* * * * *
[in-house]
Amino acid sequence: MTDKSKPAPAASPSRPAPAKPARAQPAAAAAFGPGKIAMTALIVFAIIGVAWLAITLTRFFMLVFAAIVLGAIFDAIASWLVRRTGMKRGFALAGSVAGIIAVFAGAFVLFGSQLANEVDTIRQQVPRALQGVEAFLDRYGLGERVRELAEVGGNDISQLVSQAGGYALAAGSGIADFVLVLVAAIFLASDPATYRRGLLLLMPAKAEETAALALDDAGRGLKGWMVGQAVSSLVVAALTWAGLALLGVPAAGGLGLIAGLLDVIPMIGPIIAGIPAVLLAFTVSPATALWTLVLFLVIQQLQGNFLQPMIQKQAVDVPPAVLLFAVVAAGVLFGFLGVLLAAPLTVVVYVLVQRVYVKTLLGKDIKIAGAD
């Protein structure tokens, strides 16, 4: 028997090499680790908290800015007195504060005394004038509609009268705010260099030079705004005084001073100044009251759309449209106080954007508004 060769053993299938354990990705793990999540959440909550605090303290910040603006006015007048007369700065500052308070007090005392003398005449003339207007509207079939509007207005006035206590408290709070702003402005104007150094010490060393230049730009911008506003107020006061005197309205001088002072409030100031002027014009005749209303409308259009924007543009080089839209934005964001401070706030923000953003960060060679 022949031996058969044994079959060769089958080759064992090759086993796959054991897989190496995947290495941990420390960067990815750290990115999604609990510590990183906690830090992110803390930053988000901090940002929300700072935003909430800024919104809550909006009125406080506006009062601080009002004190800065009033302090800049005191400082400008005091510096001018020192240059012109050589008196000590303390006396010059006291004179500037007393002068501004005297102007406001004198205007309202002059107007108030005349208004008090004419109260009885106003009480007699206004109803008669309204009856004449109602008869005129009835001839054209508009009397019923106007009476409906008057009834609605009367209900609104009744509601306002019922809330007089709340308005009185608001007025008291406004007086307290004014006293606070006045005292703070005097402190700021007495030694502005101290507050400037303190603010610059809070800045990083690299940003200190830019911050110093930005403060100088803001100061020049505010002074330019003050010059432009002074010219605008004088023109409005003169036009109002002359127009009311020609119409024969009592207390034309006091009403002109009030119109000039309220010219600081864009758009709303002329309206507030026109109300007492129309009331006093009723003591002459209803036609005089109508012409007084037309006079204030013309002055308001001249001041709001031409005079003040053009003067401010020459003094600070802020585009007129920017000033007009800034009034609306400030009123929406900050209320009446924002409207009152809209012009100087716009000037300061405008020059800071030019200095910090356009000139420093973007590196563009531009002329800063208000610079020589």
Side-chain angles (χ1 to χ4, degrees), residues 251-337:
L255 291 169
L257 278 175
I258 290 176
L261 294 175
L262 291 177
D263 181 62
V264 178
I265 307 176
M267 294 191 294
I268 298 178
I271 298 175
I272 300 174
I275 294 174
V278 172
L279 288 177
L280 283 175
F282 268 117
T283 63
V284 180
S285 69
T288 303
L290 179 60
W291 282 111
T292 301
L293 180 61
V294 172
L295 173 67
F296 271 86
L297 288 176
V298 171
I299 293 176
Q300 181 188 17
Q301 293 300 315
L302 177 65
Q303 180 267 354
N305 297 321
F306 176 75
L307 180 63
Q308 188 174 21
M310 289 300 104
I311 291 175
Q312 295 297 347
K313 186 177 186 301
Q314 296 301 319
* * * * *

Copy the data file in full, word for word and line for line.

[in-house]
Amino acid sequence: MTDKSKPAPAASPSRPAPAKPARAQPAAAAAFGPGKIAMTALIVFAIIGVAWLAITLTRFFMLVFAAIVLGAIFDAIASWLVRRTGMKRGFALAGSVAGIIAVFAGAFVLFGSQLANEVDTIRQQVPRALQGVEAFLDRYGLGERVRELAEVGGNDISQLVSQAGGYALAAGSGIADFVLVLVAAIFLASDPATYRRGLLLLMPAKAEETAALALDDAGRGLKGWMVGQAVSSLVVAALTWAGLALLGVPAAGGLGLIAGLLDVIPMIGPIIAGIPAVLLAFTVSPATALWTLVLFLVIQQLQGNFLQPMIQKQAVDVPPAVLLFAVVAAGVLFGFLGVLLAAPLTVVVYVLVQRVYVKTLLGKDIKIAGAD
């Protein structure tokens, strides 16, 4: 028997090499680790908290800015007195504060005394004038509609009268705010260099030079705004005084001073100044009251759309449209106080954007508004 060769053993299938354990990705793990999540959440909550605090303290910040603006006015007048007369700065500052308070007090005392003398005449003339207007509207079939509007207005006035206590408290709070702003402005104007150094010490060393230049730009911008506003107020006061005197309205001088002072409030100031002027014009005749209303409308259009924007543009080089839209934005964001401070706030923000953003960060060679 022949031996058969044994079959060769089958080759064992090759086993796959054991897989190496995947290495941990420390960067990815750290990115999604609990510590990183906690830090992110803390930053988000901090940002929300700072935003909430800024919104809550909006009125406080506006009062601080009002004190800065009033302090800049005191400082400008005091510096001018020192240059012109050589008196000590303390006396010059006291004179500037007393002068501004005297102007406001004198205007309202002059107007108030005349208004008090004419109260009885106003009480007699206004109803008669309204009856004449109602008869005129009835001839054209508009009397019923106007009476409906008057009834609605009367209900609104009744509601306002019922809330007089709340308005009185608001007025008291406004007086307290004014006293606070006045005292703070005097402190700021007495030694502005101290507050400037303190603010610059809070800045990083690299940003200190830019911050110093930005403060100088803001100061020049505010002074330019003050010059432009002074010219605008004088023109409005003169036009109002002359127009009311020609119409024969009592207390034309006091009403002109009030119109000039309220010219600081864009758009709303002329309206507030026109109300007492129309009331006093009723003591002459209803036609005089109508012409007084037309006079204030013309002055308001001249001041709001031409005079003040053009003067401010020459003094600070802020585009007129920017000033007009800034009034609306400030009123929406900050209320009446924002409207009152809209012009100087716009000037300061405008020059800071030019200095910090356009000139420093973007590196563009531009002329800063208000610079020589």
Side-chain angles (χ1 to χ4, degrees), residues 251-337:
L255 291 169
L257 278 175
I258 290 176
L261 294 175
L262 291 177
D263 181 62
V264 178
I265 307 176
M267 294 191 294
I268 298 178
I271 298 175
I272 300 174
I275 294 174
V278 172
L279 288 177
L280 283 175
F282 268 117
T283 63
V284 180
S285 69
T288 303
L290 179 60
W291 282 111
T292 301
L293 180 61
V294 172
L295 173 67
F296 271 86
L297 288 176
V298 171
I299 293 176
Q300 181 188 17
Q301 293 300 315
L302 177 65
Q303 180 267 354
N305 297 321
F306 176 75
L307 180 63
Q308 188 174 21
M310 289 300 104
I311 291 175
Q312 295 297 347
K313 186 177 186 301
Q314 296 301 319